Fossilised cells where cell wall material and intra-cellular inclusions are preserved are extremely rare in Precambrian rocks. This period encapsulates the first four billion years of life on Earth and is crucial for understanding how life on Earth evolved into the multicellular organisms we see today.
A team of researchers lead by Dr David Wacey and Ms Eva Sirantoine have been investigating the grey phosphate nodules that litter the sandstone outcroppings of northwest Scotland’s Cailleach Head Formation, part of the Torridon Group, which are rich in fossilised cells from this period.
The team examined the phosphate nodules using scanning transmission, and scanning electron, microscopy combined with elemental analysis at our University of Western Australia Facility, the Centre for Microscopy, Characterisation and Analysis (CMCA). These techniques revealed the structure and chemical composition of the microfossils down to sub-cellular detail. In doing this, they found exceptional intra-cellular details preserved in the mineral anatase, published in GeoBiology, and also in the minerals monazite and xenotime, published in Scientific Reports. In both cases it is the first time these minerals have been observed preserving subcellular detail in fossils. These discoveries open up new minerals for researchers to target in the search for Precambrian microfossils, to better understand the origins of life on earth.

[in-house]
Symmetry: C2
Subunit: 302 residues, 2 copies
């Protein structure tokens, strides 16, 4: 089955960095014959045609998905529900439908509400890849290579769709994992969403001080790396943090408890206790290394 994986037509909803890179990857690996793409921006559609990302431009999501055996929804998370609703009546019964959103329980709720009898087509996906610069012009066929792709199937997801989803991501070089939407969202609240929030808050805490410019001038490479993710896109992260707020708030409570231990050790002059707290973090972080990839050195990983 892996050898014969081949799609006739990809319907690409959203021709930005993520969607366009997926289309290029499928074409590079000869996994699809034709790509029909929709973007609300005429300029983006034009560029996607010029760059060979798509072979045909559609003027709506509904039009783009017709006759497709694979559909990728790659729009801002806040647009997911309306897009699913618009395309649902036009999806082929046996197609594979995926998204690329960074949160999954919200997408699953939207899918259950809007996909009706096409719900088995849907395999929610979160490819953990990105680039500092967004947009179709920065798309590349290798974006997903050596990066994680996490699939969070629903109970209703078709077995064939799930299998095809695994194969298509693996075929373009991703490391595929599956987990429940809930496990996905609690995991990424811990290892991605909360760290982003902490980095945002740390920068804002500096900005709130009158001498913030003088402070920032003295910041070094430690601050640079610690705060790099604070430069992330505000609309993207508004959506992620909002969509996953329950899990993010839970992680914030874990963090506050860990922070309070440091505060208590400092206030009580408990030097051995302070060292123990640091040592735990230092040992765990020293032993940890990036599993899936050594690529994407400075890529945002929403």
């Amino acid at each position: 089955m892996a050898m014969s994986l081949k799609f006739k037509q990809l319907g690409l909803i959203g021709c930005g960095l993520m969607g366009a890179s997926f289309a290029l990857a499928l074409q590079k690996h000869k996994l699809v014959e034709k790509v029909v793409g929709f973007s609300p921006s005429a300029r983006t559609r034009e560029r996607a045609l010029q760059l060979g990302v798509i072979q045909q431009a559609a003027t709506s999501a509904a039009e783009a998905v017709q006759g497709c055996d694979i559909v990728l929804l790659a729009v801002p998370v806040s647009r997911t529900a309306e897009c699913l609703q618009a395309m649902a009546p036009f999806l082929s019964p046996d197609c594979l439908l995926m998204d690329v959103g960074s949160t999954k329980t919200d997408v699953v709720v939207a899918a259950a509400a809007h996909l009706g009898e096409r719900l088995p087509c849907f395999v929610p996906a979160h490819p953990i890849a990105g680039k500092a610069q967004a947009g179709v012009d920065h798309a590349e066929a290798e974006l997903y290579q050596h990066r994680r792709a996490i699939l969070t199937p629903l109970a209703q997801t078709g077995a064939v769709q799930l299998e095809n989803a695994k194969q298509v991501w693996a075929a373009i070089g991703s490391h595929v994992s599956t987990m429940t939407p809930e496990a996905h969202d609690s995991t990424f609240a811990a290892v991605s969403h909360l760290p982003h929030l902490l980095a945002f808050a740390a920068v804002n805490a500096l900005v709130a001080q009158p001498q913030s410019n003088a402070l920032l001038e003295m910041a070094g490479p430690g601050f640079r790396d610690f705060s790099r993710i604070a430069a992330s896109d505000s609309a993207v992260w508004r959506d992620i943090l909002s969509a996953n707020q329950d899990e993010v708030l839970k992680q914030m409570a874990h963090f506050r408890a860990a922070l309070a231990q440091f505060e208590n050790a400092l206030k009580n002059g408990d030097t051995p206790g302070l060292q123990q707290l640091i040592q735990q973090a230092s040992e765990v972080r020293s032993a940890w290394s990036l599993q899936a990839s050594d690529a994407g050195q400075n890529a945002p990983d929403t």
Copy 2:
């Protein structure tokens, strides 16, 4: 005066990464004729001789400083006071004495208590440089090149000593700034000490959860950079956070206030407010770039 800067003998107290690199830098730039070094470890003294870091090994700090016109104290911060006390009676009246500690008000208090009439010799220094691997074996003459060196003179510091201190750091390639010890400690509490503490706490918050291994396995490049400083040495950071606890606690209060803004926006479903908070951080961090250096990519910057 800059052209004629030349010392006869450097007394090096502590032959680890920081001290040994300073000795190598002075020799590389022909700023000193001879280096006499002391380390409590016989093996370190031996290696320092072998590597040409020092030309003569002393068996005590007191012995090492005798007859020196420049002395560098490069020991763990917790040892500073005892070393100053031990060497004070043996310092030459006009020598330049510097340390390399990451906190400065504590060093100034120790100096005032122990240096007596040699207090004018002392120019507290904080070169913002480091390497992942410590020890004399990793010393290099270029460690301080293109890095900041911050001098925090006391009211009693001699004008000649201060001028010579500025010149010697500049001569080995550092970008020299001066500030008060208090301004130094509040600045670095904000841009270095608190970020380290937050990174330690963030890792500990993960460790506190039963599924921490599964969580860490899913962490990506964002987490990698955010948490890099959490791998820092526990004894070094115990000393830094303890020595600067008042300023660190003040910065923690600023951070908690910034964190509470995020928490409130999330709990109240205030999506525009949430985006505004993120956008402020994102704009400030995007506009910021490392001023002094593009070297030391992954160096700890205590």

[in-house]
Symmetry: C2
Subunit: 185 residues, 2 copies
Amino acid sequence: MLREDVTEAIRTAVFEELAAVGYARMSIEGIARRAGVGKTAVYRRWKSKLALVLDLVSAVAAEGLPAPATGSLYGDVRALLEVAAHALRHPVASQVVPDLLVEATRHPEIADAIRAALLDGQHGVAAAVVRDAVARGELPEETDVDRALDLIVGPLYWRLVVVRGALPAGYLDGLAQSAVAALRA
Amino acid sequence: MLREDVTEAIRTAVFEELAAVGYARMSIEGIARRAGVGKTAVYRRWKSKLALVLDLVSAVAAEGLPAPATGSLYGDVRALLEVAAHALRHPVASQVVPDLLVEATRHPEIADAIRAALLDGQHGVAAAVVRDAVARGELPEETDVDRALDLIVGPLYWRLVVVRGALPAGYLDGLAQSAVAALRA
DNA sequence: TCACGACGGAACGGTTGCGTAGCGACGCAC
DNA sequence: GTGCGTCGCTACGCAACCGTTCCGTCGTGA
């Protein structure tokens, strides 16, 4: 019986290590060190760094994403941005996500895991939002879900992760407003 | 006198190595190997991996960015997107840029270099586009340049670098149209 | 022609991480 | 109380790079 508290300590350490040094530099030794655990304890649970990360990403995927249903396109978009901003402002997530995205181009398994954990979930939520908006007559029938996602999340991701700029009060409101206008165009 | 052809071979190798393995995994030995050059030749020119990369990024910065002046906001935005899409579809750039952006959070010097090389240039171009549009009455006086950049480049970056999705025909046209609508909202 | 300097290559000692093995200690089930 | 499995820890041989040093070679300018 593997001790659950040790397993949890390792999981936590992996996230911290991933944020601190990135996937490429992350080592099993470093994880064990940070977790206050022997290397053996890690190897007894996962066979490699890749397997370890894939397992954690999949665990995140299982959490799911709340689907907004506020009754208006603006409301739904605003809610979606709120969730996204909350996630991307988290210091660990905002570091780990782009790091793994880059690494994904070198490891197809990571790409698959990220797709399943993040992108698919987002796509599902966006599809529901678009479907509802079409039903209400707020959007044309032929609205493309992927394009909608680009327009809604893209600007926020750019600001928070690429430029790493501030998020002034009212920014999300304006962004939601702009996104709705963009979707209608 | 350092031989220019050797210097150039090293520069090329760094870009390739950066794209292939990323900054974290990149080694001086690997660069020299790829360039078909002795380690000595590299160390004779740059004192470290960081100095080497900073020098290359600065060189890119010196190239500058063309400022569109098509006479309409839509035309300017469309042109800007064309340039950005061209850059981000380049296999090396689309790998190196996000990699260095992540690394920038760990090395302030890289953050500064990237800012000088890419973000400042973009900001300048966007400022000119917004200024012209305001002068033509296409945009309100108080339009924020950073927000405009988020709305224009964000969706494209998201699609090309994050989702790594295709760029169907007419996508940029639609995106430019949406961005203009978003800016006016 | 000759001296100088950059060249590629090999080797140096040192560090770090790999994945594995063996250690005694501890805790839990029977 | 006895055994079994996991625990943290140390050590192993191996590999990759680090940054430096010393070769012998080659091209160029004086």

Anatase is an optically transparent form of titanium dioxide. The team observed anatase encasing cell walls and some internal cell structures, where carbon, nitrogen, oxygen and sulfur were preserved, confirming it is original organic cellular material. Evidence pointed to the anatase forming soon after death of the cells, resulting in fantastic preservation of intracellular and cell wall materials.
Monazite and xenotime are rare earth element (REE) phosphate minerals. Both eukaryotic algae and cyanobacteria living today take up and sequester REEs and phosphate in the form of polyphosphate granules. Hence, polyphosphate granules, which are quite widespread in unicellular organisms today, could have been a ready intracellular source of both REEs and phosphate during early phases of fossilisation. The location of the minerals inside fossilized cells suggests that the REEs and phosphate were actively taken up by the living cells to form polyphosphate granules, forming monazite and xenotime, which preserved the internal cell structures.
Ms Sirantoine says microfossils like these provide us with a window into the distant past. “Most fossils are not as good, so it’s like having a bad camera with a bad lens: You get a blurred image so you can’t really tell what’s in the picture. But when you get very nice fossil deposits like this one, you have a much sharper picture. Studying this well-preserved deposit gives you a better picture of what the diversity was like.”